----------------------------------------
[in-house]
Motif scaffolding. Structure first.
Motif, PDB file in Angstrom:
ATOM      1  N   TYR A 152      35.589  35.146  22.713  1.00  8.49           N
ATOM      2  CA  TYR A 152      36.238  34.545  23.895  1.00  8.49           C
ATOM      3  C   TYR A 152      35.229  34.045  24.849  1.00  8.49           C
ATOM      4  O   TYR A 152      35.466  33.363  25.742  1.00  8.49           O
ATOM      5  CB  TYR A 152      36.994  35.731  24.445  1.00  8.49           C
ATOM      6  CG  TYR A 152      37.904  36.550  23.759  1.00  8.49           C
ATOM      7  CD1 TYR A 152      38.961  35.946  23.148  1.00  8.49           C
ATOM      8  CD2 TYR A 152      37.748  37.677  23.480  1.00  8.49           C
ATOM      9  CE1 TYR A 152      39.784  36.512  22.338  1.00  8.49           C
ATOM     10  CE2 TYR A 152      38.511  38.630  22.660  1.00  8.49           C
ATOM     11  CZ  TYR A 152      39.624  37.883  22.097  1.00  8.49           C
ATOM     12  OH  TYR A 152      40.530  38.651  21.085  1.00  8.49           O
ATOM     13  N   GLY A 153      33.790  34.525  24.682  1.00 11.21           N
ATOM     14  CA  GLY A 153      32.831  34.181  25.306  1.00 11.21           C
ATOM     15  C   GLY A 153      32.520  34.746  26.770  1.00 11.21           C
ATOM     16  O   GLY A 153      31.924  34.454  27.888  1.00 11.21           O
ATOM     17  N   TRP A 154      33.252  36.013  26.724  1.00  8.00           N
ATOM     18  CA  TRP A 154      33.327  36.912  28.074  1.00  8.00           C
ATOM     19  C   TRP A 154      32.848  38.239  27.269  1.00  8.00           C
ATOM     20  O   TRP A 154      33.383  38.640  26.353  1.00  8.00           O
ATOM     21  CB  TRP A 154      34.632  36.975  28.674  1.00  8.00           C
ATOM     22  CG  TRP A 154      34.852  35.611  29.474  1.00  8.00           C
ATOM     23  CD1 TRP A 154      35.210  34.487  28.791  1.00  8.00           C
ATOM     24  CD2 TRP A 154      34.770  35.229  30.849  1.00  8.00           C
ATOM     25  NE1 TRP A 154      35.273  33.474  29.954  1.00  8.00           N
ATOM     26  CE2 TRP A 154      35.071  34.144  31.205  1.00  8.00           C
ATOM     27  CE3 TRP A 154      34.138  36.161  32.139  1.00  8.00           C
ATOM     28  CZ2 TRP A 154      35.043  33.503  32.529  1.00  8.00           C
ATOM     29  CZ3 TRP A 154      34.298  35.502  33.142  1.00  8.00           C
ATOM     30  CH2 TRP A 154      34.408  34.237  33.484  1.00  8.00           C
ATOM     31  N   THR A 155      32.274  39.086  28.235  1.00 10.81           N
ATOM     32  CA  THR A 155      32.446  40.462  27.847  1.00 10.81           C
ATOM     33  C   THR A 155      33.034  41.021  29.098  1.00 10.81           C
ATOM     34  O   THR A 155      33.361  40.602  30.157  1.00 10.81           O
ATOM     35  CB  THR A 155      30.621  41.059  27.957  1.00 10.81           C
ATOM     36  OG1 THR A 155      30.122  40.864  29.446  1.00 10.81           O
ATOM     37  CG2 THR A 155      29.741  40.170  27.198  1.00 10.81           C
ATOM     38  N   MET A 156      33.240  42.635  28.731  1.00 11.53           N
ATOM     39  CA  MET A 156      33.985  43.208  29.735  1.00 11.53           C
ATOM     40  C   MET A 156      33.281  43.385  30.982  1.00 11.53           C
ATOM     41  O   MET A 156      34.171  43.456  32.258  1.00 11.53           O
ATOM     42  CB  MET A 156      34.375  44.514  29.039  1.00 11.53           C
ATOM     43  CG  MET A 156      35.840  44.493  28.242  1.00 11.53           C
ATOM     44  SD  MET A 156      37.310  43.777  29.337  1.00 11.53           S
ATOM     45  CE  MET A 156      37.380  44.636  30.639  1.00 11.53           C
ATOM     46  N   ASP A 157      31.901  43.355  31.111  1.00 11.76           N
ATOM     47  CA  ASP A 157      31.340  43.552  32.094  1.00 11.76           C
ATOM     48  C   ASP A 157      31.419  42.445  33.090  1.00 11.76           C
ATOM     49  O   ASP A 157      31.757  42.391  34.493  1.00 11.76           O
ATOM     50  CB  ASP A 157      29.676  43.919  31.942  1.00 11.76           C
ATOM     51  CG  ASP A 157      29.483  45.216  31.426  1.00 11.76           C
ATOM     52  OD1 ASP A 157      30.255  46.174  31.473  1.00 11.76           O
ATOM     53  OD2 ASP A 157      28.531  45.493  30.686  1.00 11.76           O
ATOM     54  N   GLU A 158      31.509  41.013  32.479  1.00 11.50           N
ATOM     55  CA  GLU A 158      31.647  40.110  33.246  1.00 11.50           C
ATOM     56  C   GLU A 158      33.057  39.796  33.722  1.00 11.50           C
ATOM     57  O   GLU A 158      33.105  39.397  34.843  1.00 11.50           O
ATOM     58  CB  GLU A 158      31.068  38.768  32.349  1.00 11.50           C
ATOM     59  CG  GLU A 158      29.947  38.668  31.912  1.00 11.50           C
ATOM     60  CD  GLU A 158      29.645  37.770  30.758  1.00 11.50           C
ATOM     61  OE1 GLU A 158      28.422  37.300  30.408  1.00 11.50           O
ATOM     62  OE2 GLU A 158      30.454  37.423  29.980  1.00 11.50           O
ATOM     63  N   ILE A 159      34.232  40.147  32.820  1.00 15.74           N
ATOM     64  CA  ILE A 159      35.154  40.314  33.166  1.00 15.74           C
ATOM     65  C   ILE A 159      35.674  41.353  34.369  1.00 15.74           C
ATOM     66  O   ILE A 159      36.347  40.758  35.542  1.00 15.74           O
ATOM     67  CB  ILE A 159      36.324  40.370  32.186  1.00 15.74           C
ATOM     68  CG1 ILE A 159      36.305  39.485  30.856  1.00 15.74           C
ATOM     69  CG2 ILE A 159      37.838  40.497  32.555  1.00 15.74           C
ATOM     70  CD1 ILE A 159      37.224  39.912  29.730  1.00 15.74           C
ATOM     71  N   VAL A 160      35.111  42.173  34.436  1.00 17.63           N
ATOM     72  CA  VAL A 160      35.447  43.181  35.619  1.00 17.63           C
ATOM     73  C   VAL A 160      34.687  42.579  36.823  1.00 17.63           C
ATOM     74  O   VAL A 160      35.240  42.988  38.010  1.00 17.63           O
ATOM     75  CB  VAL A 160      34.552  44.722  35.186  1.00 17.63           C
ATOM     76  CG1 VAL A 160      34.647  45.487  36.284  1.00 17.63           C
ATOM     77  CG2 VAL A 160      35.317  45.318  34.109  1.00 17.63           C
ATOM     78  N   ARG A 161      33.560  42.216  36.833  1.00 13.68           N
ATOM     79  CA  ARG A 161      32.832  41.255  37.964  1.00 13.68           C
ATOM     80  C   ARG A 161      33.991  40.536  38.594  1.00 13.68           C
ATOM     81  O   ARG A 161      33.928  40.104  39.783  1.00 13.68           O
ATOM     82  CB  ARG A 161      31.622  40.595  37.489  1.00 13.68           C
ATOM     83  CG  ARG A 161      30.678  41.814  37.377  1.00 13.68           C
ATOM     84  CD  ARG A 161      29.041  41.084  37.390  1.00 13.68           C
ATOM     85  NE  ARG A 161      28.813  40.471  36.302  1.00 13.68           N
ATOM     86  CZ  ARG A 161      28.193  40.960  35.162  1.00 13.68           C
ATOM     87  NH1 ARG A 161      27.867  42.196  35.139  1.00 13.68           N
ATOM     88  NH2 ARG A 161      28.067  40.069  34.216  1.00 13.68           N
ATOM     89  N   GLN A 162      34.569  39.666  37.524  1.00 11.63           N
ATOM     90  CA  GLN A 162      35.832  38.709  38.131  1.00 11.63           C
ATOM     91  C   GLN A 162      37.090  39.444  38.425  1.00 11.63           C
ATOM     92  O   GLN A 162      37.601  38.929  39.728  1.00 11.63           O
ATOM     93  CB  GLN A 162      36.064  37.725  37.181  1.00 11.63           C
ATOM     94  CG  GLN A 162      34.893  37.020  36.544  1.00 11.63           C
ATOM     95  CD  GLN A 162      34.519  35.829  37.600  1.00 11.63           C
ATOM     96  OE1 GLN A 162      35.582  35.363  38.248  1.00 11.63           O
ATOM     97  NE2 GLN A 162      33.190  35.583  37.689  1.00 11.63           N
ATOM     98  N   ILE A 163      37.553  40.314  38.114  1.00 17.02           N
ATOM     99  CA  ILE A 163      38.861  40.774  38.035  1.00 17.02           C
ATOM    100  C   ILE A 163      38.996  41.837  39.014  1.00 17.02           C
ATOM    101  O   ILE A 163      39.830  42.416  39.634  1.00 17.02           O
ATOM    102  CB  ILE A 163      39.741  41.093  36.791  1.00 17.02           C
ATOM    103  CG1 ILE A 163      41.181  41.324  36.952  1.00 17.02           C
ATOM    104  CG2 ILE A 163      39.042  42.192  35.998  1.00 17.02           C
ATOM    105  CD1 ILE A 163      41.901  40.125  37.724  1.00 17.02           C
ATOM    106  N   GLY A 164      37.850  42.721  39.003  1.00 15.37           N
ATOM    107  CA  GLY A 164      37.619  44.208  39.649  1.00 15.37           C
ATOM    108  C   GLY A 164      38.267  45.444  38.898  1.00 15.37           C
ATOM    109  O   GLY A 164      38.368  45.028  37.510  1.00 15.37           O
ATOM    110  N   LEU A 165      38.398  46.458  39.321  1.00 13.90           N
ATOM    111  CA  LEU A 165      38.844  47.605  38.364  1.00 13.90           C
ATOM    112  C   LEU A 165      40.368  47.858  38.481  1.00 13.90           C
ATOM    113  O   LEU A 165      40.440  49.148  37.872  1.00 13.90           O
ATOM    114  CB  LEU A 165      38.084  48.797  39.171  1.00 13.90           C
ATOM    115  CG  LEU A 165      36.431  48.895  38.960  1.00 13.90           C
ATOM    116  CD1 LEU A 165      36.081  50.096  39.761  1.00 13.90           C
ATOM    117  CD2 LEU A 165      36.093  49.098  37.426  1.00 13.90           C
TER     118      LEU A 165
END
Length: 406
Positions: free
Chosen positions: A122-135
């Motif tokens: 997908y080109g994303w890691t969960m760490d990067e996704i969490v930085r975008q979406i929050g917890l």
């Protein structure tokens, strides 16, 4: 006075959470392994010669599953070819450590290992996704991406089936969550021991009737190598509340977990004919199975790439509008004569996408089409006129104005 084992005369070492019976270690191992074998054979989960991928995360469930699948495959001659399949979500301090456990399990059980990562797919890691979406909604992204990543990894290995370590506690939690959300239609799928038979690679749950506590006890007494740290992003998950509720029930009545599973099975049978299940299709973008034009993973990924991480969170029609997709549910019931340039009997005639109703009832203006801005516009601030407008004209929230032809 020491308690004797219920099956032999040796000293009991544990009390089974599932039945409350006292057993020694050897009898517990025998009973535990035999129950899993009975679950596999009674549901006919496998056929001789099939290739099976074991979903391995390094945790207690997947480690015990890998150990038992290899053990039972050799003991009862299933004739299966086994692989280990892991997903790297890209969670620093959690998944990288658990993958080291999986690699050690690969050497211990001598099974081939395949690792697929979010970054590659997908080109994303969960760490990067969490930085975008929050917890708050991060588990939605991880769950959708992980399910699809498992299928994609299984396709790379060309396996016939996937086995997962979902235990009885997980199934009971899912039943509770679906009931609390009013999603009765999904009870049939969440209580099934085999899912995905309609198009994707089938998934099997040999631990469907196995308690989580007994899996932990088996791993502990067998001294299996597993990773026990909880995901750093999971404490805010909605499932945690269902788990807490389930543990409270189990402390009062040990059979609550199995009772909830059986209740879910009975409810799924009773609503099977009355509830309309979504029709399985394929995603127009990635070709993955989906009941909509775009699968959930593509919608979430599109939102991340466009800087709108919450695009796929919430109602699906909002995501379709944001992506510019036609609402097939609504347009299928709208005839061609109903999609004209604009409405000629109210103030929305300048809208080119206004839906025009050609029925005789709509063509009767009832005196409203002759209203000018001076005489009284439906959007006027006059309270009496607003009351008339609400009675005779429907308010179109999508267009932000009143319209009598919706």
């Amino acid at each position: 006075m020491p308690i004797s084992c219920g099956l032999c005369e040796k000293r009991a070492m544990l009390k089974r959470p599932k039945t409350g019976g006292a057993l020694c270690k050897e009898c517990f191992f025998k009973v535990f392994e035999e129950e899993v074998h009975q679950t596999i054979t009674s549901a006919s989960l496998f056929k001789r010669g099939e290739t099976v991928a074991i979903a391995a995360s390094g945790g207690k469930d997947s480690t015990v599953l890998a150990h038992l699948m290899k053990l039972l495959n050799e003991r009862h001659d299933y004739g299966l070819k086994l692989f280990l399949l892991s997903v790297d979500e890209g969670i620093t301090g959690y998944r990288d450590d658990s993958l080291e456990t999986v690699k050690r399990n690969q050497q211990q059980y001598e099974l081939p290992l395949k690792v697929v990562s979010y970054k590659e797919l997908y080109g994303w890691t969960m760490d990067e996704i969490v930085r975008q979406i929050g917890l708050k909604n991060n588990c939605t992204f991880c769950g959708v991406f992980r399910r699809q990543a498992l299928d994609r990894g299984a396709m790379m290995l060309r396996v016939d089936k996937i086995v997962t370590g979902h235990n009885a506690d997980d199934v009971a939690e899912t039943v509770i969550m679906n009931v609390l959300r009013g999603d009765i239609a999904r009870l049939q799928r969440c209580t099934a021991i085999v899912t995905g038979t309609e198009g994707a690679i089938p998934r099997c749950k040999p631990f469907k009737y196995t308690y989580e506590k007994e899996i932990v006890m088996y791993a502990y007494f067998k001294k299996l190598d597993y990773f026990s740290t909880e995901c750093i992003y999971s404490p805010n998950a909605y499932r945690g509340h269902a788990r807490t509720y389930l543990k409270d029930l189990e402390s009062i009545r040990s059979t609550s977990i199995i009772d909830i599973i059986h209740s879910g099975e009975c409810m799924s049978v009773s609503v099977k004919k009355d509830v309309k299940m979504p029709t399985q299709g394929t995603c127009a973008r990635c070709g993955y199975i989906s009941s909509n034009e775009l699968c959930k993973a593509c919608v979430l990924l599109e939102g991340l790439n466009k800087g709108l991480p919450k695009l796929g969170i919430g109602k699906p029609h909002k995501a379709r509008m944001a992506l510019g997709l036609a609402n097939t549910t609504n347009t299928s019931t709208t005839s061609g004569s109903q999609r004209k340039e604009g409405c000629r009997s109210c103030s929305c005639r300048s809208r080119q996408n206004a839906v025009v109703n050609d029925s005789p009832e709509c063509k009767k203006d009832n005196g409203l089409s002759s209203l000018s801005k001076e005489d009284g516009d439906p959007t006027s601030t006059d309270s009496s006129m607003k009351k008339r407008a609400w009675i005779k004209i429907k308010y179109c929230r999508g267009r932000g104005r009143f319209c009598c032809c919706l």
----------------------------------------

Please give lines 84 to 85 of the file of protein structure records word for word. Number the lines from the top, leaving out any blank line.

ATOM     81  O   ARG A 161      33.928  40.104  39.783  1.00 13.68           O
ATOM     82  CB  ARG A 161      31.622  40.595  37.489  1.00 13.68           C